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Picture of Soreath Hok
A deeper look into the past of Cambodian refugees in California's Central Valley shows how they’ve rebuilt their lives decades after resettling in the U.S.
Picture of Jenna Kunze
The third in a three-part series following intergenerational impacts the United States’ nearly 200 year policy of Indian boarding schools had, and continues to have, on some tribal members on the Rosebud Indian Reservation in South Dakota today.
Picture of Jenna Kunze
The second in a three-part series following intergenerational impacts the United States’ nearly 200 year policy of Indian boarding schools had, and continues to have, on some tribal members on the Rosebud Indian Reservation in South Dakota today.
Picture of Theodore Alcorn
Reducing New Mexico’s extraordinary alcohol death rate will require a whole-of-society approach.
Picture of Jenna Kunze
The first in a three-part series following the intergenerational effects that the United States government’s century and a half practice of placing Indian children in boarding schools has had on the Rosebud Indian Reservation in South Dakota.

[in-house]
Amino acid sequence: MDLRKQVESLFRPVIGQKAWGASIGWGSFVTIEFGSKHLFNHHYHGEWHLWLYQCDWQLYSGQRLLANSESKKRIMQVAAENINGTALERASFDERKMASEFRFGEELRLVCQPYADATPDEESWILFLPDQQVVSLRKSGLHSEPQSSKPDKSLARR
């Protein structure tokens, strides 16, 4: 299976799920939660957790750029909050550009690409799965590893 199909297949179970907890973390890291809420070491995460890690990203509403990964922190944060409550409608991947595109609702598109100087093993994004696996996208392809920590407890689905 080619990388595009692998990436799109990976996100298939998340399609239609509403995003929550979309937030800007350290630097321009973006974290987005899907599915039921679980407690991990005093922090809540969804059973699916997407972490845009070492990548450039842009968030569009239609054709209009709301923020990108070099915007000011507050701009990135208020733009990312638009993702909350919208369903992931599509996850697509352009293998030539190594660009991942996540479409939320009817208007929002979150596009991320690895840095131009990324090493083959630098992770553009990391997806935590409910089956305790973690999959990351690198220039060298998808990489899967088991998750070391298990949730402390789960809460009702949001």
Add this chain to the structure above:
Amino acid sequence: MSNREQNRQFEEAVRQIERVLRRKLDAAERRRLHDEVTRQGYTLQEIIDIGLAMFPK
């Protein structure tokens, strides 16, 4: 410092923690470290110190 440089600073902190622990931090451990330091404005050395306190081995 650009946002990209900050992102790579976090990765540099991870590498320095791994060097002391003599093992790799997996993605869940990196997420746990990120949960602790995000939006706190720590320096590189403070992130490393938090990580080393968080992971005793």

Picture of Viji Sundaram
California’s coercive control law was enacted too late to help Blanca in her divorce from a husband she describes as manipulative and emotionally abusive.
Picture of Amy Yurkanin
For decades, doctors defaulted to hysterectomy to treat fibroid symptoms. That’s changing as patients push for more awareness and a wider range of treatment options.
Picture of Viji Sundaram
One immigrant endured more than two decades of psychological and financial abuse by her husband yet didn’t think she was a victim. Legal safeguards are limited and came too late to help her.
Picture of David Martin Davies
Type 2 diabetes in children was rare 40 years ago, but not anymore, according to Dr. Jane Lynch, a professor of pediatric endocrinology at UT Health San Antonio.
Picture of Edwin Rios
Many people were kicked out despite eviction moratoriums—but certain communities faced the brunt of it.

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The nation’s overdose epidemic has entered a devastating new phase. Drugs laced with fentanyl and even more poisonous synthetics have flooded the streets, as the crisis spreads well beyond the rural, largely white communities that initially drew attention. The death rate is escalating twice as fast among Black people than among white people. This webinar will give journalists deep insights, fresh story ideas and practical tips for covering an epidemic that killed more than 107,000 people in the U.S. last year. Sign-up here!

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